These sorts of results are what I really enjoy about my job: it's rare that contractors have any respect for permanent civil servants when it comes to anything technical (and our management doesn't help that - but that's really a subject to be discussed over a few drinks and not somewhere I could held to account for what I say), but having such a constructive conversation is wonderful.
Wednesday: "How do you know what's up or down?"
Partially on leave, partially trying to sell a customer on a monitoring solution for a large and complex distributed service, Wednesday was a bit of a wash.
The monitoring solution I'm trying to define for this service is premised on a few core tenets:
- Don't give a large vendor any money, please
- Take a modular approach so we can more easily move with the times as certain components become outmoded
- Don't use Oracle Enterprise Manager if you can help it
- Rely on guages, counters and log data rather than runtime instrumentation to get the required data
I concede fairly frequently that I inhabit a position in my job that is somewhat divorced from the reality of delivery: I sit in my ivory tower and declare what, from a corporate point of view, is and isn't acceptable. I welcome input from anyone willing to talk to me, but I have decision-making responsibilities wider than any one project or programme, which means that I don't necessarily have to worry about the first-adopter penalties associated with potentially corporate-wide services or cost of initial development. The programme are fairly resistant to any approach that isn't 'throw money at the problem, make it go away', but I think we've made some progress insomuch as they've at least agreed to do a technical spike for the stack (Sensu, InfluxDB, ELK for anyone interested).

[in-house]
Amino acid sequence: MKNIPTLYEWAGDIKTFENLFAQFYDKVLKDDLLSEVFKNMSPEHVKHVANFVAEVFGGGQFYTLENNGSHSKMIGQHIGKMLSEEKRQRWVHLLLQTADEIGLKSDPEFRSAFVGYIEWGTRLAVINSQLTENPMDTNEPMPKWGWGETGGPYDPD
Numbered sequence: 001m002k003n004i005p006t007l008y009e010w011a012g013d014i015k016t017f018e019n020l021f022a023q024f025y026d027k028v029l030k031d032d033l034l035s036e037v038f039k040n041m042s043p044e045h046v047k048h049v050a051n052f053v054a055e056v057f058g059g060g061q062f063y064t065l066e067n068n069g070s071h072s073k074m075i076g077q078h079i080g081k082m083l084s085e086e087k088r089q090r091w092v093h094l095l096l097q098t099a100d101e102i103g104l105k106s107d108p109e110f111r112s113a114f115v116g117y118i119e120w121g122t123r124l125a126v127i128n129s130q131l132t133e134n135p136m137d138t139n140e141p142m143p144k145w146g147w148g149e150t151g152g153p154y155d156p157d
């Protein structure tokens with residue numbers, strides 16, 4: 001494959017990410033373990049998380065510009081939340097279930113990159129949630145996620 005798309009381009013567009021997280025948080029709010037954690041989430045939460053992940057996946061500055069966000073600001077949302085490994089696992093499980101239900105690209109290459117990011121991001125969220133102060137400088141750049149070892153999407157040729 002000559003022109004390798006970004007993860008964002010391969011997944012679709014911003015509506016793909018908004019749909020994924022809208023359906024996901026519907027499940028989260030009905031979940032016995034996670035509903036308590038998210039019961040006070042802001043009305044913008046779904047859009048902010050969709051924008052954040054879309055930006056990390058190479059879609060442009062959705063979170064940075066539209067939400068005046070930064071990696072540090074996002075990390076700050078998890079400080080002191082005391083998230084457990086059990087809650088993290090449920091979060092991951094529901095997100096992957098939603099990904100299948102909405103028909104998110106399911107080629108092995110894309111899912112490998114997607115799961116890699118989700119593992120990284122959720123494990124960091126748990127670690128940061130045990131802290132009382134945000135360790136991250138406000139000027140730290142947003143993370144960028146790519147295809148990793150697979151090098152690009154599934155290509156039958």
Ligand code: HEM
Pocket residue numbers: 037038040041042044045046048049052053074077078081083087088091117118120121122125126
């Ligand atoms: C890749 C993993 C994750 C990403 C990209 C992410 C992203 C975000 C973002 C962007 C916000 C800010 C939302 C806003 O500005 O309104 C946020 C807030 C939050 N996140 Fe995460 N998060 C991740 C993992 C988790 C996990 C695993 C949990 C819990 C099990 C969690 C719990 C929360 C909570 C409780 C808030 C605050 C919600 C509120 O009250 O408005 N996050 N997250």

This programme, however, is very much the opposite of my Tuesday conversation as far as the contractors go: there's a far more bullish, borderline xenophobic attitude to anything that is considered 'outside' of programme delivery. That certainly is a pattern of behaviour that concerns me: I'm all for camaraderie, but that sort of negative cohesion always worries me.
Thursday: An overdue team meeting
I'm lucky to work within the calibre of team that I work in: everyone is supportive of everyone else and we're generally left to do our own work and follow our own passions where time allows. We're in the process or revising how we make our work product (solution designs, technology catalogues, deployment patterns, best practice) available outside of our team and more widely across the department, and the technology catalogue application I've developed seems to have gone down well across our trial users and has cut down on a lot of low-value communication. I feel like we're at the vanguard with this sort of stuff as far as the the wider group's work goes, so that's certainly a good feeling.